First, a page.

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HA1 – Raster Images Many Images seen on your computer are raster graphics, pictures found on the internet and photos taken on your digital camera are raster graphics. Raster graphics are made up of grid pixels, referred to as a bitmap. The larger the image the more disk space the image file will take up, for example, a 640 x 480 images requires information to be stored for 307,200 pixels, while a 3072 x 2048 image (from a 6.3 megapixel digital camera) needs to store information for a massive 6,291,456 pixels. Because a raster graphic needs to store so much information, large bitmaps require large file sizes. Fortunately, there are several image compression algorithms that have been developed to help reduce big file sizes. JPEG and Gif are two of the most common compressed image formats on the internet. But many other types of image compression are available. Raster graphics can be scaled down with no loss of quality, but enlarging a bitmap image causes it to look blocky and ‘pixelated’. For this reason, vector graphics are often used for certain images, such as logo companies logos, which need to be different scales.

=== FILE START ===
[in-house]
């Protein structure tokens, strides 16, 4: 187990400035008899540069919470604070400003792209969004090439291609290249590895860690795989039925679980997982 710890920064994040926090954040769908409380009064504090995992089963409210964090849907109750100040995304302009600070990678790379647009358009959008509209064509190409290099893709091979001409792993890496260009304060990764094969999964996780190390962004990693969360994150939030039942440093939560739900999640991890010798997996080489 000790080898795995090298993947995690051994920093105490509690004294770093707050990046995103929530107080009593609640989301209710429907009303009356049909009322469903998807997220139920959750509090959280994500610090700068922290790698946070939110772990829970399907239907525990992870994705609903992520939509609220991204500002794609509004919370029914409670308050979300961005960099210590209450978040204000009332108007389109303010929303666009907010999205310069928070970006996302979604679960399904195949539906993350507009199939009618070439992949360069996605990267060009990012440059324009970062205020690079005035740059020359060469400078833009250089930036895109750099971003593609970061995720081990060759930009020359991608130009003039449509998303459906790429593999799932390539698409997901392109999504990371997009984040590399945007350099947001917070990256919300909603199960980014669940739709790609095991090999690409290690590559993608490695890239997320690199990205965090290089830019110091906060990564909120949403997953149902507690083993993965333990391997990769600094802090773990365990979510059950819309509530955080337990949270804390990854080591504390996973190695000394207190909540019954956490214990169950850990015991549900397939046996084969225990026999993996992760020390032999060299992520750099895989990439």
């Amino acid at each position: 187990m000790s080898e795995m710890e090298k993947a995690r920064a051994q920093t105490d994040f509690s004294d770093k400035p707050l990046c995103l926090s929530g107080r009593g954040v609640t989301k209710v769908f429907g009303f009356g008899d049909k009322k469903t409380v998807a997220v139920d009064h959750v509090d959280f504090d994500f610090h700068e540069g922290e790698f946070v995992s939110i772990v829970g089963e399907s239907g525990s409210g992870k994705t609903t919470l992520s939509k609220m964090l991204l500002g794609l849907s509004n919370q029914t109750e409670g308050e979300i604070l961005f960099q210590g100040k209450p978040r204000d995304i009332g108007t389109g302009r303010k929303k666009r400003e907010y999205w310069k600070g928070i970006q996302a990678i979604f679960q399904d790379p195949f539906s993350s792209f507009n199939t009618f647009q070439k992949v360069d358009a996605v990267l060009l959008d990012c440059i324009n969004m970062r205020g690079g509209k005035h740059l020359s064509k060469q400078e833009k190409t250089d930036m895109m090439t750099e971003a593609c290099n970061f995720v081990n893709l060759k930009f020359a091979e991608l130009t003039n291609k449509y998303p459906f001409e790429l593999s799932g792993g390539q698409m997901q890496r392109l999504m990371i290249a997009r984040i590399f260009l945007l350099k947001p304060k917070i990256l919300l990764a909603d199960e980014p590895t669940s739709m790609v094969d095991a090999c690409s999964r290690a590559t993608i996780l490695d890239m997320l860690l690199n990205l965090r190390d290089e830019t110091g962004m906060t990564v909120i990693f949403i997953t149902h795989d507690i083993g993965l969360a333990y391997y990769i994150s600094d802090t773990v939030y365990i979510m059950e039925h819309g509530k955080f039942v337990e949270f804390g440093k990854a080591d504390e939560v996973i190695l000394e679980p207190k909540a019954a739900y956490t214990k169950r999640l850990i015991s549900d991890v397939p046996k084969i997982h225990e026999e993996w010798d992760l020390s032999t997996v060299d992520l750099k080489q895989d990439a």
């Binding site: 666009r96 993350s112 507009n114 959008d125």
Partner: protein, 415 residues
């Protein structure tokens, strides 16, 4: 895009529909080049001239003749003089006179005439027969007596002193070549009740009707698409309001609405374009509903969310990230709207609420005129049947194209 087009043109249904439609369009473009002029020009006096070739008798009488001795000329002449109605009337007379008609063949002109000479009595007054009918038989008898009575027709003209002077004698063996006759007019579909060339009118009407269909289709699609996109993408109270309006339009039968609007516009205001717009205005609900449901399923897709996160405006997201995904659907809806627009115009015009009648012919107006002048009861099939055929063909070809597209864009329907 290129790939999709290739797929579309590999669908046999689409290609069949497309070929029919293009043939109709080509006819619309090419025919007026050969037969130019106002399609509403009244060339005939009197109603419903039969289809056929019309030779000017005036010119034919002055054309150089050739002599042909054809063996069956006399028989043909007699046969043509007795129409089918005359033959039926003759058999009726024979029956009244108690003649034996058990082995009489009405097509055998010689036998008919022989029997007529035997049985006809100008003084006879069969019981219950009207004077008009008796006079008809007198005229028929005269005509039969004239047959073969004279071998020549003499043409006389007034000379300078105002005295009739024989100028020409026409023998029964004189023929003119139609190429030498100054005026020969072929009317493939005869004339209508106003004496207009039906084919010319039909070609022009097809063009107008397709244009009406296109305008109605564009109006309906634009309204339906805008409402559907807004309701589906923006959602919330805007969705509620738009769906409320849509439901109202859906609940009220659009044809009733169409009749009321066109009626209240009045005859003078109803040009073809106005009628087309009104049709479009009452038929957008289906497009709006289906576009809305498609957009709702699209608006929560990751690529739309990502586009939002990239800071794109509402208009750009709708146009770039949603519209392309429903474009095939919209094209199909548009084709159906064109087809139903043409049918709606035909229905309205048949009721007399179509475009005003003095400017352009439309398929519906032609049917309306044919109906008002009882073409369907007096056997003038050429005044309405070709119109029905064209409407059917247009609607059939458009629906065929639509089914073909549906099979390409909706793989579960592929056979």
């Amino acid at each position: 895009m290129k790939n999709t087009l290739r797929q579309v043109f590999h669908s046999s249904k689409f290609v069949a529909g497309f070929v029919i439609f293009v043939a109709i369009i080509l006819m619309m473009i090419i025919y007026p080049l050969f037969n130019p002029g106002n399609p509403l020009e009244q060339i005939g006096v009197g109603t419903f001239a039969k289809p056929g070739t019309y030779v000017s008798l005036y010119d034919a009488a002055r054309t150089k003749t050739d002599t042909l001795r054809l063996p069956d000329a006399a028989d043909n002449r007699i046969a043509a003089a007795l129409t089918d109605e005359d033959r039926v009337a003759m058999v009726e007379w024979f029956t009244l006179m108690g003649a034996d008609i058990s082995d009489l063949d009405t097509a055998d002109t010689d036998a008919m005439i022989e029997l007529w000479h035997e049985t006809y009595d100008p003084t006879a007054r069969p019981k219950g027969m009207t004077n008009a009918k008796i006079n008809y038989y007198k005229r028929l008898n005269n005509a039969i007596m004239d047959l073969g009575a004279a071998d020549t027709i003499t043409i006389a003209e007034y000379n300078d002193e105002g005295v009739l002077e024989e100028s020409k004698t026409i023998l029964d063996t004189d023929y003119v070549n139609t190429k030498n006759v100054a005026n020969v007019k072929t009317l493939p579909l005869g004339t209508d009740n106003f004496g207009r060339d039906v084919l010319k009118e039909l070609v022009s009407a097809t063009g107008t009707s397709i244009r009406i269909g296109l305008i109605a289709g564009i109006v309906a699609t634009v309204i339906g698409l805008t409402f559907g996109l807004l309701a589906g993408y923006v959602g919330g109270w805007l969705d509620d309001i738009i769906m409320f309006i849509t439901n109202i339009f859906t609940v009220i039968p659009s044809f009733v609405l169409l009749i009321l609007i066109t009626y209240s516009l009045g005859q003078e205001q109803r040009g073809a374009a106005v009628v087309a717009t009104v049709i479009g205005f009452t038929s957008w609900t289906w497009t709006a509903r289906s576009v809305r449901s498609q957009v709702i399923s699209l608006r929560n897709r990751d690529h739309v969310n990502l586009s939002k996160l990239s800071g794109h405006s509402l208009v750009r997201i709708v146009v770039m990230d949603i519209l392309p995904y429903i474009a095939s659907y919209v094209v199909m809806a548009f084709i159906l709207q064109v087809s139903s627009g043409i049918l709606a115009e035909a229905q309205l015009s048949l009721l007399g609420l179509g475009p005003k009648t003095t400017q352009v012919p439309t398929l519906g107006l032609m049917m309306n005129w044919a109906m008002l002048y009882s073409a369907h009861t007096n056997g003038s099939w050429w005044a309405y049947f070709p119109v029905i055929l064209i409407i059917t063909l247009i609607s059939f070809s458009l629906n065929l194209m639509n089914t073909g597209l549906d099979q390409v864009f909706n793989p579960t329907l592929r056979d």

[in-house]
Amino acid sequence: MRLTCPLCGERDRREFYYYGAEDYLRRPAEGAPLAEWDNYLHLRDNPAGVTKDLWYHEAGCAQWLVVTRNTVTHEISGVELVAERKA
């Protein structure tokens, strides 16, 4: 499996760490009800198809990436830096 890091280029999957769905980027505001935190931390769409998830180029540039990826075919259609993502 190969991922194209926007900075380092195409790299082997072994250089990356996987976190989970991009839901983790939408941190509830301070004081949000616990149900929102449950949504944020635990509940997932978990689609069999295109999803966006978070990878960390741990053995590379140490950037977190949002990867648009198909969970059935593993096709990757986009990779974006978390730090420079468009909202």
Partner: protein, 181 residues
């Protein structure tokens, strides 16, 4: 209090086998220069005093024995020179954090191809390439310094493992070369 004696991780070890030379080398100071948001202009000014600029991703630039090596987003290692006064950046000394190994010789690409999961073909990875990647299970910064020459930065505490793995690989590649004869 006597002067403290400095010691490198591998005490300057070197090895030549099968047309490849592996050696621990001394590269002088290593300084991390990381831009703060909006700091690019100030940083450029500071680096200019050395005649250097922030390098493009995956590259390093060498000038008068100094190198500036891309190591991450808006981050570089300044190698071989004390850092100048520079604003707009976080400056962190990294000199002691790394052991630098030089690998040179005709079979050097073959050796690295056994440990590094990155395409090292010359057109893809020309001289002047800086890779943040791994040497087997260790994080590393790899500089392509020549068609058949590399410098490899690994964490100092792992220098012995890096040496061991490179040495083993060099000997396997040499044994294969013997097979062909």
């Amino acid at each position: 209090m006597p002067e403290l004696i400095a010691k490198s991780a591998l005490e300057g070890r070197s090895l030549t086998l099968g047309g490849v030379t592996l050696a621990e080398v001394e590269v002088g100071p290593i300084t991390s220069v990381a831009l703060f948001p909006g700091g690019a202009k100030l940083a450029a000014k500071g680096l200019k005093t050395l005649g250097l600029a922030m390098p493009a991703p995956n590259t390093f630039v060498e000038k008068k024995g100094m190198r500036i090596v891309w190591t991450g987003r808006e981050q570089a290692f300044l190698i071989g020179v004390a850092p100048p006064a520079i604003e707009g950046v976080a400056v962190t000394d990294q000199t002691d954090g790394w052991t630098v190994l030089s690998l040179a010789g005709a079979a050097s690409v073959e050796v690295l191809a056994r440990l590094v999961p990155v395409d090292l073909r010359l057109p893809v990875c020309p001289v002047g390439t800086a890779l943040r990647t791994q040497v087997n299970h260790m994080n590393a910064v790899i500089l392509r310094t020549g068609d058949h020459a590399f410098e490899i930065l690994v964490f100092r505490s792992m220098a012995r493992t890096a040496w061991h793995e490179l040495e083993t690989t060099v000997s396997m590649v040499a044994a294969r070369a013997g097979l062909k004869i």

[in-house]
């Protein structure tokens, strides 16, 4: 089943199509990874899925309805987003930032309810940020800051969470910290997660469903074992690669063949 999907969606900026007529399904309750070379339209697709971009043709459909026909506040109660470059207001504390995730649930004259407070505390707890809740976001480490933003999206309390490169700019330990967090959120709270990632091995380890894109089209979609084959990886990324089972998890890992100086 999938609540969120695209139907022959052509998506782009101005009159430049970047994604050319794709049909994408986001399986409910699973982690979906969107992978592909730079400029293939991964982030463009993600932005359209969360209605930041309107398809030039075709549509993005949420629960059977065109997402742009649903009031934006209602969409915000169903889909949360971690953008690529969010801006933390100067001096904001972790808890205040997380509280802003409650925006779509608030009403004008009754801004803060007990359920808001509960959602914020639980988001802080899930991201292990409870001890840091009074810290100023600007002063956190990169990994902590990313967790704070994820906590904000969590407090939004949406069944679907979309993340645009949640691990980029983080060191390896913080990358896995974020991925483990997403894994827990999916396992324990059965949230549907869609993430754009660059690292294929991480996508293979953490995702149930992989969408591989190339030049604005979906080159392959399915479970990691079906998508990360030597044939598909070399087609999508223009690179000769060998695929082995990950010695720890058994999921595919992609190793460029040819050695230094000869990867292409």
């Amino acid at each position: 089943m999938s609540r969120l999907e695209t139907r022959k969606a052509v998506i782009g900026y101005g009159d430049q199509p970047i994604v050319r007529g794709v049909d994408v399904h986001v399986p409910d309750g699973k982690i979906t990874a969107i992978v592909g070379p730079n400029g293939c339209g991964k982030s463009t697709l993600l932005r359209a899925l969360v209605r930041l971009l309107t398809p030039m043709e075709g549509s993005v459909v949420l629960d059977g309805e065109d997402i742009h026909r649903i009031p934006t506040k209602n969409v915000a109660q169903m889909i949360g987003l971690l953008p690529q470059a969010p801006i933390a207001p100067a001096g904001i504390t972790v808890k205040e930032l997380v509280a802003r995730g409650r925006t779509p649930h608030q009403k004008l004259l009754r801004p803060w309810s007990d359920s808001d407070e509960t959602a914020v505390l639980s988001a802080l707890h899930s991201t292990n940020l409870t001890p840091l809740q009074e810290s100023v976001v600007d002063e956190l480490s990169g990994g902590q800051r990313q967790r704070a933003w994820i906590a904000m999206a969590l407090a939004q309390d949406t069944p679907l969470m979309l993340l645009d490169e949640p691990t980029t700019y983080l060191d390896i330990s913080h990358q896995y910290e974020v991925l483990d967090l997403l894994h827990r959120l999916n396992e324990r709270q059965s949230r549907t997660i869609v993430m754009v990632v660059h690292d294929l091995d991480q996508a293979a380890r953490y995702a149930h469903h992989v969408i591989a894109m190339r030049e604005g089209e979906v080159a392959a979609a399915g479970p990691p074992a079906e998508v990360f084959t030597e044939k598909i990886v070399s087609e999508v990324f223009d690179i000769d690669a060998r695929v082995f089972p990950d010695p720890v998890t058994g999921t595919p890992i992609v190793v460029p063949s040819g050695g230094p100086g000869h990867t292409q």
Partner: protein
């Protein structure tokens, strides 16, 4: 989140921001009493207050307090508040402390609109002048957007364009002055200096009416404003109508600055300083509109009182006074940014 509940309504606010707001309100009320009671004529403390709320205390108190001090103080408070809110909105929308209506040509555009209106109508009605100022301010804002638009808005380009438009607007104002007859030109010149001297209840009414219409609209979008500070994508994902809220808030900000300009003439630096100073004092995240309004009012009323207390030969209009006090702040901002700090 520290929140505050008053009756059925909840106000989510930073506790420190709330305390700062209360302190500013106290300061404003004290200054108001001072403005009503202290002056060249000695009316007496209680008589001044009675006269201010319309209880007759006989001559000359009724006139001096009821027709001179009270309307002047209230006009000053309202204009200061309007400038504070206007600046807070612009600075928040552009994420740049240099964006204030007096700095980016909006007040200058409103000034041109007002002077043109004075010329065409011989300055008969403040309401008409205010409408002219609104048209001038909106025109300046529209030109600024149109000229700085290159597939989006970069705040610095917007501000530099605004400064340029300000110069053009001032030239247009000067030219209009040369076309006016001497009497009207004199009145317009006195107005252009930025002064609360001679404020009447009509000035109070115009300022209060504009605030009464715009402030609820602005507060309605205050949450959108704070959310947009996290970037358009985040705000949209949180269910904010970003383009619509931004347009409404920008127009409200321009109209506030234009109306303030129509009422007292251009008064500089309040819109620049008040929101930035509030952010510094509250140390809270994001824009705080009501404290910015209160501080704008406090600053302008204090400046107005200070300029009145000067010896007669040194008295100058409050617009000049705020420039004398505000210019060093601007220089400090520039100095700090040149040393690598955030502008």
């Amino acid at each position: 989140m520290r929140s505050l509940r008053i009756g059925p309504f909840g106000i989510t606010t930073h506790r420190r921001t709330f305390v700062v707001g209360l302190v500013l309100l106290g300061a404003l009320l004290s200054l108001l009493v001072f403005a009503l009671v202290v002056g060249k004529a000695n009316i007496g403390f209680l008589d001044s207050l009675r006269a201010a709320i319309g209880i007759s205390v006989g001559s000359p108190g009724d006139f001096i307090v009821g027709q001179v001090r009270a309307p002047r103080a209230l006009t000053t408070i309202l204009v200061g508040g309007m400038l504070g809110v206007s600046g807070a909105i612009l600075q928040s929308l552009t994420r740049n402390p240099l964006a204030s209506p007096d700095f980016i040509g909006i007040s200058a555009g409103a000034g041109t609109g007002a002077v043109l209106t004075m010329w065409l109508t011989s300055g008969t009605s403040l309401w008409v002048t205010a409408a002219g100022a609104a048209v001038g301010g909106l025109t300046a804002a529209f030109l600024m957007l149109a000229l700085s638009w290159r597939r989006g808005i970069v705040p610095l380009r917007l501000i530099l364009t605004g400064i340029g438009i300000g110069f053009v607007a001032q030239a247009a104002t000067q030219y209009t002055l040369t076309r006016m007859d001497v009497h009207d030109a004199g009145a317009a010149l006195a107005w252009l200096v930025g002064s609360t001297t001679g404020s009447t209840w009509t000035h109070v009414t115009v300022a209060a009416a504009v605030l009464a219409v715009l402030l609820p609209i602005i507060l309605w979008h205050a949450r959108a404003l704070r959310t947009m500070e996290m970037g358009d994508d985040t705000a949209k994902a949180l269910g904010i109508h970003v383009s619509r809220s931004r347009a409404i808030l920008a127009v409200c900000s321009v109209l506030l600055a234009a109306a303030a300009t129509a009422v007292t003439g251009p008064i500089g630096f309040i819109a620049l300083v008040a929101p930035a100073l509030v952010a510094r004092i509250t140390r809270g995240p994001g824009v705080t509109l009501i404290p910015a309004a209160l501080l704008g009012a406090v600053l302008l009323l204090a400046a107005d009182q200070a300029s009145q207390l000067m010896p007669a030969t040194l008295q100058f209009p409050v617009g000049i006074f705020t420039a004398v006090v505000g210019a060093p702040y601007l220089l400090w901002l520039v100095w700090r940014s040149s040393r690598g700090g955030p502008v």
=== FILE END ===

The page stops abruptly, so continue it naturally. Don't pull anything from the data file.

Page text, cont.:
HA1 - Technical File – Vector Images Unlike JEPGS, GIFS, and BMP images, vector images are not made up of grid pixels, they are made up of paths, which are defined by a start and end point, along with curves, points and angles along the way. A path can be a line, a square, a triangle or a curvy shape. The paths can be used to create simple shapes and drawings or even complex designs. Paths are also used to define the characters of specific typefaces. As a vector graphic is not made up of specific number of dots, they can be scaled to a larger size and not lose any image quality. If a raster image is blown up, it will appear blocky or ‘pixelated.’ But when a vector graphic is blown up, the edges of each object within the graphic stay smooth and clean. This makes vector graphics ideal for company logos, which need to be small enough to fit on business cards but big enough to fit on billboards. Common types of vector graphics include Adobe Illustrator, Macromedia Freehand, and EPS files. Many flash animations also used vector images, since they scale better and take up less space than bitmap images.